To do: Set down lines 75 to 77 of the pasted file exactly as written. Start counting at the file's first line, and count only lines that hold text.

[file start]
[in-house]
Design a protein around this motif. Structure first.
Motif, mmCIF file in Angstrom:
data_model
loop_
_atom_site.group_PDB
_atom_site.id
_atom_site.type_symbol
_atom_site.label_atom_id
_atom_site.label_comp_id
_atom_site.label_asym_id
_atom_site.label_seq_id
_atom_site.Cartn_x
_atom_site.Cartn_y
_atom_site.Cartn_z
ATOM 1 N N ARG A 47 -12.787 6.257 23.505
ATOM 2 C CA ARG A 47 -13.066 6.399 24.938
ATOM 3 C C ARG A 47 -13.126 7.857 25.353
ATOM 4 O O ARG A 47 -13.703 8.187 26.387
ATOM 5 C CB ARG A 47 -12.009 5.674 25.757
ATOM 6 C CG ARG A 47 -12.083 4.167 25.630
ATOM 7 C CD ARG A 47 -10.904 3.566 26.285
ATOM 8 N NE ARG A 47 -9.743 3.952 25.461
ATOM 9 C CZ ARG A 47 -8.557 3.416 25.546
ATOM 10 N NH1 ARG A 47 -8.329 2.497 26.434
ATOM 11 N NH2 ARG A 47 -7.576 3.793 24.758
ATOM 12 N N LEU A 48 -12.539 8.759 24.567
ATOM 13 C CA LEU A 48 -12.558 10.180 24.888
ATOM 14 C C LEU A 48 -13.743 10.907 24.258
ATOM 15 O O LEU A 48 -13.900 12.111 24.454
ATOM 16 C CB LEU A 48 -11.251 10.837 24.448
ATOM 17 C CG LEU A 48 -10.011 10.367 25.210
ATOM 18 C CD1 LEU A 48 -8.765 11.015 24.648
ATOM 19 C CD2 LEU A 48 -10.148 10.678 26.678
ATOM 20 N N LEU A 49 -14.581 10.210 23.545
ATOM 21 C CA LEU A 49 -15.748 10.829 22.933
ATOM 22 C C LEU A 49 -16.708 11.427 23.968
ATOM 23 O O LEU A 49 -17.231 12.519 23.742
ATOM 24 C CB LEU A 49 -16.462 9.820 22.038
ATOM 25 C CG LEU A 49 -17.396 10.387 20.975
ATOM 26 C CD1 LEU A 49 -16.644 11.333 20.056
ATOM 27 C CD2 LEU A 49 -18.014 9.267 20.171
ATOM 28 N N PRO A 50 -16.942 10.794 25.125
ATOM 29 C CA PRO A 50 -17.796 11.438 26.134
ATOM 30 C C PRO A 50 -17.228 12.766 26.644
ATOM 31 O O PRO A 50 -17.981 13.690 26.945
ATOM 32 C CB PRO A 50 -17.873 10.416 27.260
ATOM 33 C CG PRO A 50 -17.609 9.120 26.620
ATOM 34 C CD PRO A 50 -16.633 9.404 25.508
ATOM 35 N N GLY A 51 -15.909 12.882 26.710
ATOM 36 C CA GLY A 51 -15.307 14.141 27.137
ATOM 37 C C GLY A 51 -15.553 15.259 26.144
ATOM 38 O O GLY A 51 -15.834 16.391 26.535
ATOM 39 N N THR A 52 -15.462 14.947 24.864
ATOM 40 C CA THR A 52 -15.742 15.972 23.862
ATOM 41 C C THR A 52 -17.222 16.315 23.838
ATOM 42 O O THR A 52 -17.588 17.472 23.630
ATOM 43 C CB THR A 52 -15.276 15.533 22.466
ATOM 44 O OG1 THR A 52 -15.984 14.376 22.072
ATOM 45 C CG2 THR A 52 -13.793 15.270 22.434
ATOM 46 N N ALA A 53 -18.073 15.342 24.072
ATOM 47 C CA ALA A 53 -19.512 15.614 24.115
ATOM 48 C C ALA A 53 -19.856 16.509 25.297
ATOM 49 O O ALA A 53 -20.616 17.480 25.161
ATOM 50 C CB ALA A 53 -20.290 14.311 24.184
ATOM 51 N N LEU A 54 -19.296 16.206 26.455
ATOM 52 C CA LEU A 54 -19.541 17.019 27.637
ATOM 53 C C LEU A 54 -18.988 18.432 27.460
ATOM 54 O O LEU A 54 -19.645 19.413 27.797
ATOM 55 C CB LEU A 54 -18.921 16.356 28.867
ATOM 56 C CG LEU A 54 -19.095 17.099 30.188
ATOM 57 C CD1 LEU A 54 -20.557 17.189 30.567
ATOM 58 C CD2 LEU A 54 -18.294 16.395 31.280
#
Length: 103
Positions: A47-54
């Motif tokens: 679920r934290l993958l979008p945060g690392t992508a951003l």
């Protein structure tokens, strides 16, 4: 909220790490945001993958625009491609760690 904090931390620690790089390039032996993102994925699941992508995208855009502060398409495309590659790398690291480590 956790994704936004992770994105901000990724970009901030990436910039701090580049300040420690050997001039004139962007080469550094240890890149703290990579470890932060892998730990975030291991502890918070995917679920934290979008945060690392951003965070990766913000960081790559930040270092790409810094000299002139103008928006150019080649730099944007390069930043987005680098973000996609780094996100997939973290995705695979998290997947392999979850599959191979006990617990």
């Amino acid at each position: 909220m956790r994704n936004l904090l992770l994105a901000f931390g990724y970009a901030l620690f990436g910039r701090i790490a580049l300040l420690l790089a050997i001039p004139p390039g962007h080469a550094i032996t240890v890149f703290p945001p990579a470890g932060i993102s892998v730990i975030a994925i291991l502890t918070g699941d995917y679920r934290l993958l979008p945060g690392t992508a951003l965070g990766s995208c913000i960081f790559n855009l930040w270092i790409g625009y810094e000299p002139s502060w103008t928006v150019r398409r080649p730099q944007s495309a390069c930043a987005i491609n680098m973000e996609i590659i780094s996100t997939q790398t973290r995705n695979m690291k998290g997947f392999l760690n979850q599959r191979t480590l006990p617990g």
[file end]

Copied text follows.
Length: 103
Positions: A47-54
């Motif tokens: 679920r934290l993958l979008p945060g690392t992508a951003l």